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13th November 2016
A doping documentary, ‘Geheimsache Doping – Im Schattenreich der Leichtathletik’, has raised serious questions about the extent of doping in athletics and whether officials were complicit, but also about how a large amount of private medical data ended up in the public domain. ‘Doping – Top Secret: The Shadowy World of Athletics’, which screened on German broadcaster ARD on Saturday 1 August, contained video evidence which appeared to show Russian and Kenyan athletes doping. It also analysed a database of 12,000 blood tests performed by the International Association of Athletics Federations (IAAF) on 5,000 athletes from 2001-2012. Analysis of this data by experts concluded that many of the blood values could not be explained naturally and suggested widespread doping within athletics.
Analysis of the data obtained by the programme by the Sunday Times showed that for about one in seven athletes, they found values that – for 99% of athletes – could not be explained naturally. This equates to approximately 800 athletes. The analysis found that roughly every third medal won in World Championship and Olympic endurance events between 2001 and 2012 had blood values which at least one expert would regard as suspicious. Every sixth medal was won by an athlete with blood values that experts concluded was ‘highly suspicious’ as having doped at some point in their career. In one event, the entire podium was composed of athletes which the data suggested may have doped at some point in their career. The analysis also concluded that two thirds of the medalists identified in the database as having suspicious blood values remained unchecked – meaning that the IAAF had only begun proceedings against one third of them. One expert identified 150 medals as suspicious.
“From the values in the database, there’s no question in my mind that athletics World Championship and Olympic distance events have been contaminated by blood doping”, said Dr. Michael Ashenden, a blood doping expert interviewed in the documentary. “It would have been near impossible to compete against some of the blood values that I evaluated. Some results were simply grotesque in their extremity. They were quite easily the worst I have ever seen.”
Ashenden was the driving force behind the development of the Athlete Biological Passport for the Union Cycliste Internationle (UCI), but quit the body in 2012. WADA had recommended that anti-doping organisations (ADOs) such as the IAAF run their biological passports through new Athlete Passport Management Units, and it is understood that Ashenden was concerned that confidentiality clauses within the agreements prevented any criticism of the system.
“If the values in the database are correct, then it reveals that at every world championships and Olympic Games since Sydney 2000, medals have been won in at least one of the distance events by an athlete who at some point in their career had – most probably – engaged in blood doping”, continued Ashenden. “This holds true for both males and females. Often two out of the three medalists had probably engaged in blood doping during their career. In one event, the entire podium was comprised of athletes who – in my opinion – had most probably doped at some point in their career […] Some extreme results in the database were collected in the past few years during the biological passport era, which suggests to me that athletics is in the same diabolical position today that cycling was in 20 years ago”.
The leak of the IAAF data is not new. In December last year, the Daily Telegraph obtained a copy of the data. In March this year, the Sports Integrity Initiative reported on how the IAAF sent a letter to Hajo Seppelt – the journalist behind this weekend’s documentary and a number of other doping investigations – asking him not to reveal the medical data.
It is understood that the IAAF dropped an injunction preventing the Sunday Times from publishing its analysis of the data on Friday 1 August. ‘[The allegations] are largely based on analysis of an IAAF Data Base of private and confidential medical data which has been obtained without consent’, read a 2 August IAAF statement. ‘The IAAF is now preparing a detailed response to both media outlets and will reserve the right to take any follow up action necessary to protect the rights of the IAAF and its athletes.’ It is not yet known why the IAAF dropped its injunction. Questions have been raised about who leaked the data and why.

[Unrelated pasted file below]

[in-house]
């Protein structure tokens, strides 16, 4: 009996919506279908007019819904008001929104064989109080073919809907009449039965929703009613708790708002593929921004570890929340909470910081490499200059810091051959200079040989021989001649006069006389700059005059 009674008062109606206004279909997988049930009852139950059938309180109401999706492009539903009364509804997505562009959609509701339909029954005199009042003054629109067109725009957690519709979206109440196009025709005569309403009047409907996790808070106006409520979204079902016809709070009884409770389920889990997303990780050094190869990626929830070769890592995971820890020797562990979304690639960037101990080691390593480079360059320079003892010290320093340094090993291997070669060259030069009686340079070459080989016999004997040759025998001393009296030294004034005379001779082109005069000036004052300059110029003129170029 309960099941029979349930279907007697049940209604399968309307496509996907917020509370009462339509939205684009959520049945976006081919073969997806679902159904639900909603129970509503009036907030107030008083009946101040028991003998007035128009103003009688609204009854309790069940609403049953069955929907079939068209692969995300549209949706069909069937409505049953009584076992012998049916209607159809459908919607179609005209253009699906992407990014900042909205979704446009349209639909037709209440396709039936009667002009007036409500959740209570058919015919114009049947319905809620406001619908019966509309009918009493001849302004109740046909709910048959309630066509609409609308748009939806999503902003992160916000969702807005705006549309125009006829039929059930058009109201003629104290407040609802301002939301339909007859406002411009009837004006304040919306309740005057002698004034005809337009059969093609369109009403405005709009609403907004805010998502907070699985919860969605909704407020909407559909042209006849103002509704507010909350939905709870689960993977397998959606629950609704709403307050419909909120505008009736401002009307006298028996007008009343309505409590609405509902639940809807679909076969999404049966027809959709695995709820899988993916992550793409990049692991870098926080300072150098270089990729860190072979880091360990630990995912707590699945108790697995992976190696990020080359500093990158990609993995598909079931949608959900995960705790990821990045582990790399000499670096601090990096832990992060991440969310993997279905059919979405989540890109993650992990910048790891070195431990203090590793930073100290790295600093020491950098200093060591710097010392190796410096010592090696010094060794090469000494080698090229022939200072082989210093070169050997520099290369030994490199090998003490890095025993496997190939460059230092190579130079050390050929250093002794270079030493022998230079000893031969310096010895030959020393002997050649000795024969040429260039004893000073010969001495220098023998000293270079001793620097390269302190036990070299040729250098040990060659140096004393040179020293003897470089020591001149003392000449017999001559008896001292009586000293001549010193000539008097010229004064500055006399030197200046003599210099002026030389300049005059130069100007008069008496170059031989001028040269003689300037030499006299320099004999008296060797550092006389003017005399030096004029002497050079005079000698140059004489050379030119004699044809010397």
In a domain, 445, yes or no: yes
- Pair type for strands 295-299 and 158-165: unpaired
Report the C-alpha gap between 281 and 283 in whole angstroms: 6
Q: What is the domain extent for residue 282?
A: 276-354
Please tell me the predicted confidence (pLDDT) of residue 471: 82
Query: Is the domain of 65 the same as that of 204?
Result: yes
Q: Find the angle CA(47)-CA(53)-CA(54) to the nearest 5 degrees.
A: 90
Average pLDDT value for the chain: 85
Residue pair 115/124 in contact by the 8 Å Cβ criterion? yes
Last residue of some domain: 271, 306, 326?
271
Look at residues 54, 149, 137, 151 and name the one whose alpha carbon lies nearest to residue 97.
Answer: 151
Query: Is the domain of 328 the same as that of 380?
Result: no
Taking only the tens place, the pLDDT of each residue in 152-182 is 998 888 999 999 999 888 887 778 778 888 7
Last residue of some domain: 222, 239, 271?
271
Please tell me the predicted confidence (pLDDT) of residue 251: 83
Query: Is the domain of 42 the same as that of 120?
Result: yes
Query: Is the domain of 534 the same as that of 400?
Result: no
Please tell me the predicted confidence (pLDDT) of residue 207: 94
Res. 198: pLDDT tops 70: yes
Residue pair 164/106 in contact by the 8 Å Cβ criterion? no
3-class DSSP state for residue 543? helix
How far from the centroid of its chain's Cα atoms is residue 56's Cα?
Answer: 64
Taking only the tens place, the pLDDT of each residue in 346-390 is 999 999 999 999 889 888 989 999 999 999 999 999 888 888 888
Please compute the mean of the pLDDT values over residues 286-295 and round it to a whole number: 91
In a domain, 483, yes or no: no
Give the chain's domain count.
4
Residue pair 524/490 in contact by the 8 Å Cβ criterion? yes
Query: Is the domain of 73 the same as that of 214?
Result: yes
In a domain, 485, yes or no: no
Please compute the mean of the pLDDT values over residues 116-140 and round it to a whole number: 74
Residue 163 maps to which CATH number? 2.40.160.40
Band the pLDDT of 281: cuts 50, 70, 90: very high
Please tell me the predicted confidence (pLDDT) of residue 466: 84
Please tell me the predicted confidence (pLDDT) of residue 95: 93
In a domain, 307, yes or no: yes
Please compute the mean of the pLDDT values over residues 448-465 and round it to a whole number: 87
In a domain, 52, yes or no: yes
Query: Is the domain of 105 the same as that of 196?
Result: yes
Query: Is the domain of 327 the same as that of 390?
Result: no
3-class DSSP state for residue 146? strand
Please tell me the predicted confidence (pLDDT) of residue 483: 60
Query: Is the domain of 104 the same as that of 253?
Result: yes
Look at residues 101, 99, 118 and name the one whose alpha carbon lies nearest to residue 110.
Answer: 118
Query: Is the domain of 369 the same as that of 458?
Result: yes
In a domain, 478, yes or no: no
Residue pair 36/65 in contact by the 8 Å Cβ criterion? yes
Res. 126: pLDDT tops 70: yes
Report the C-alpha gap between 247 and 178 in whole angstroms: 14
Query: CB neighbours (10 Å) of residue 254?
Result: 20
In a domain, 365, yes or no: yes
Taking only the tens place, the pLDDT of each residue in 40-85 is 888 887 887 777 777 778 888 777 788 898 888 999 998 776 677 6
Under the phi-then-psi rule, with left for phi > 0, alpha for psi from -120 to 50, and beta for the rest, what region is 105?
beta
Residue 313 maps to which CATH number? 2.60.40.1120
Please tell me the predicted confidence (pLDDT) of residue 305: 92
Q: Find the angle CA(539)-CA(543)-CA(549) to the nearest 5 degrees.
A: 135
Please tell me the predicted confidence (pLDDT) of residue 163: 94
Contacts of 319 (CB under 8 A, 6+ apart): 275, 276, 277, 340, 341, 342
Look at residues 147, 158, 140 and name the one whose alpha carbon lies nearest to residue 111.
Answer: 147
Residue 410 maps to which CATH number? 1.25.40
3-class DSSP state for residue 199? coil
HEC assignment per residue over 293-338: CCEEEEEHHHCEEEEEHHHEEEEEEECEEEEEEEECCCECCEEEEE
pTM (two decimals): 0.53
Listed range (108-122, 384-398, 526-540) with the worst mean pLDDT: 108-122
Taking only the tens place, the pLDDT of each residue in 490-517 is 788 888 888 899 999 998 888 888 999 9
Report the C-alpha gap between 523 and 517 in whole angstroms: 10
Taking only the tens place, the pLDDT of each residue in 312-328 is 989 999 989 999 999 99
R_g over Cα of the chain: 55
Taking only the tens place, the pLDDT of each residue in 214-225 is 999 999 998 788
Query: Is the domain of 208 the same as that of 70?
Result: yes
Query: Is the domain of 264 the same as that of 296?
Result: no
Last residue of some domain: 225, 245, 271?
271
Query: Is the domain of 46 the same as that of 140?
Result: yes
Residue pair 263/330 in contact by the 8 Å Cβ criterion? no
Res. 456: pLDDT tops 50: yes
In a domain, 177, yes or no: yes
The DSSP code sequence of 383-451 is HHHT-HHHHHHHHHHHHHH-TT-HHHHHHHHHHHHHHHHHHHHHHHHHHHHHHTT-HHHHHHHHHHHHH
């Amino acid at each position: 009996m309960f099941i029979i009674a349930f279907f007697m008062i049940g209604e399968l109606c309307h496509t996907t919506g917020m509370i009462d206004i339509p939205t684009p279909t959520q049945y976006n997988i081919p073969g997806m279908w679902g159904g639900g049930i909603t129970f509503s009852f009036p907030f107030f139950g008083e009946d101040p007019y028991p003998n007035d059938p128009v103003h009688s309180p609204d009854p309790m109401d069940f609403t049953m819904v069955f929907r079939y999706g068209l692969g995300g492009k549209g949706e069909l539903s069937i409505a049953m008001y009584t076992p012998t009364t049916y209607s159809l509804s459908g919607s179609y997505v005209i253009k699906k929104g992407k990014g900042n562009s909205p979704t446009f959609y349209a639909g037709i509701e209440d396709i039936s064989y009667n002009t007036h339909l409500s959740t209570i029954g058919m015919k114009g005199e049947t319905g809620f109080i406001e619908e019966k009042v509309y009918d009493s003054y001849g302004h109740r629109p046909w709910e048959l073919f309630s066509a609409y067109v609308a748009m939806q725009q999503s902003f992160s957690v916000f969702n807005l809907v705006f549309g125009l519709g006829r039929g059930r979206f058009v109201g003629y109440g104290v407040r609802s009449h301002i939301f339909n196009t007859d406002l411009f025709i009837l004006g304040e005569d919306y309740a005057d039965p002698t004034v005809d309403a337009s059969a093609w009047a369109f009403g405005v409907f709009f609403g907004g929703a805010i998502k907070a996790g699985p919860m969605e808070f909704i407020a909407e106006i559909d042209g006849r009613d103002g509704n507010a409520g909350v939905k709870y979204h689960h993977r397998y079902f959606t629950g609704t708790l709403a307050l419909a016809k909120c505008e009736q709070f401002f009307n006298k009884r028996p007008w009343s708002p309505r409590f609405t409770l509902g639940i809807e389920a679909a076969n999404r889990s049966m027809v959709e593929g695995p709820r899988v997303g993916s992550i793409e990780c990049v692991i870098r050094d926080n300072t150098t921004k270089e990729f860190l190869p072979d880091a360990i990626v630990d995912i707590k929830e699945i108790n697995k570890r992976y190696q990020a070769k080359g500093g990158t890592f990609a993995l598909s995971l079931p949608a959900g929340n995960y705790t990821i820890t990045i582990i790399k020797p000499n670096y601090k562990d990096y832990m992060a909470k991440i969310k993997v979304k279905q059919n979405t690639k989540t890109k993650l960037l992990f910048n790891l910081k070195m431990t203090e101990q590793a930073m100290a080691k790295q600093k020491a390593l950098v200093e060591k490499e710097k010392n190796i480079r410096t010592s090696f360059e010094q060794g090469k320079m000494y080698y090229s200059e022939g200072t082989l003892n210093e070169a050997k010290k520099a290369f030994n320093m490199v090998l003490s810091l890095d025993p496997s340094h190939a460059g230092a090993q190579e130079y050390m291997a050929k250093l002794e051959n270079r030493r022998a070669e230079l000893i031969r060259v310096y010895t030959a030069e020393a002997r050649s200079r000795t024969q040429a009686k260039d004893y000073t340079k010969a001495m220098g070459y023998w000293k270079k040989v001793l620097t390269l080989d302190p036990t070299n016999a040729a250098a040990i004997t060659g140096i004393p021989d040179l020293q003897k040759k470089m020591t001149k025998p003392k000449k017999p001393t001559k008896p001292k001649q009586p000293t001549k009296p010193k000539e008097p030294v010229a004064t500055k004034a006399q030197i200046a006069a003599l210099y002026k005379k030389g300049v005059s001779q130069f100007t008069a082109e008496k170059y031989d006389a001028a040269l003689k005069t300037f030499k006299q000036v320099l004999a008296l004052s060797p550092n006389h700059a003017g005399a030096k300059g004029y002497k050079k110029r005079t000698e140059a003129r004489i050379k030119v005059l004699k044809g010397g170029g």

“The breach of privacy is egregious”, said Richard Ings, former CEO of the Australian Sports Anti-Doping Agency (ASADA). “If the IAAF can’t secure the medical information of 5,000 athletes, then it should be held accountable”.
“I believed that athlete personal data were protected, especially in doping cases”, said Jean Francois Reymond, CEO of athlete representative organisation EU Athletes. “It’s a really interesting development in the context of the new EU General Data Protection Regulation, where the sports movement is trying to get an exemption.”
For me, one of the biggest issues and one that seems to have been overlooked with this story is that there has been a serious breach of confidentiality”, said Mike Morgan, Founding Partner at Morgan Sports Law LLP. “We have 5,000 athletes, over 12,000 blood tests, all of which should have remained confidential. I don’t doubt that some of those suspected athletes may well have doped. However we don’t know anything about the conditions in which the blood samples were stored, whether the suspected athletes suffered from any medical conditions which could have skewed their blood parameters, whether they were training at high altitude, whether they suffered any blood loss – in other words, we don’t know anywhere near enough information to be able to come to any kind of informed, sensible conclusion. There is a real risk that the list of names will eventually leak, and that’s really unfair on the athletes named on it, many of whom will now be retired and – with the best will in the world – won’t be able to explain why some of their blood values from 14 years ago appear abnormal. Ultimately, it’s got to be the IAAF’s job to protect the identity of the athletes and the confidentiality of this data. When they agree to provide their samples, athletes trust that their personal data is going to remain confidential, particularly if they are never charged with the commission of an anti-doping rule violation. That is an integral part of the anti-doping system.”
“The IAAF didn’t adopt the athlete biological passport (ABP) until 2009, and the significance of that is that the leaked values relate to samples collected between 2001 and 2012”, continued Morgan. “So, for at least eight years of that period of time, there was no ABP. The significance of that is that if a suspicious blood value was reported back then, it would have triggered a further investigation – perhaps targeted testing, for example. Other than that, a single value – on its own – means nothing. And that is a huge part of the problem with any attempt to draw conclusions from the leaked data. Of those 5,000 athletes, we don’t know how many have had multiple blood test results. You can’t do anything with a single blood value. The whole point of the ABP is that it measures each individual athlete’s blood parameters over a period of time to determine what is ‘normal’ and what is ‘abnormal’ for that individual. You can’t call a single blood value ‘highly unusual’. It might be unusual as compared to the next person, but it may not be unusual for that particular individual or given certain circumstances.”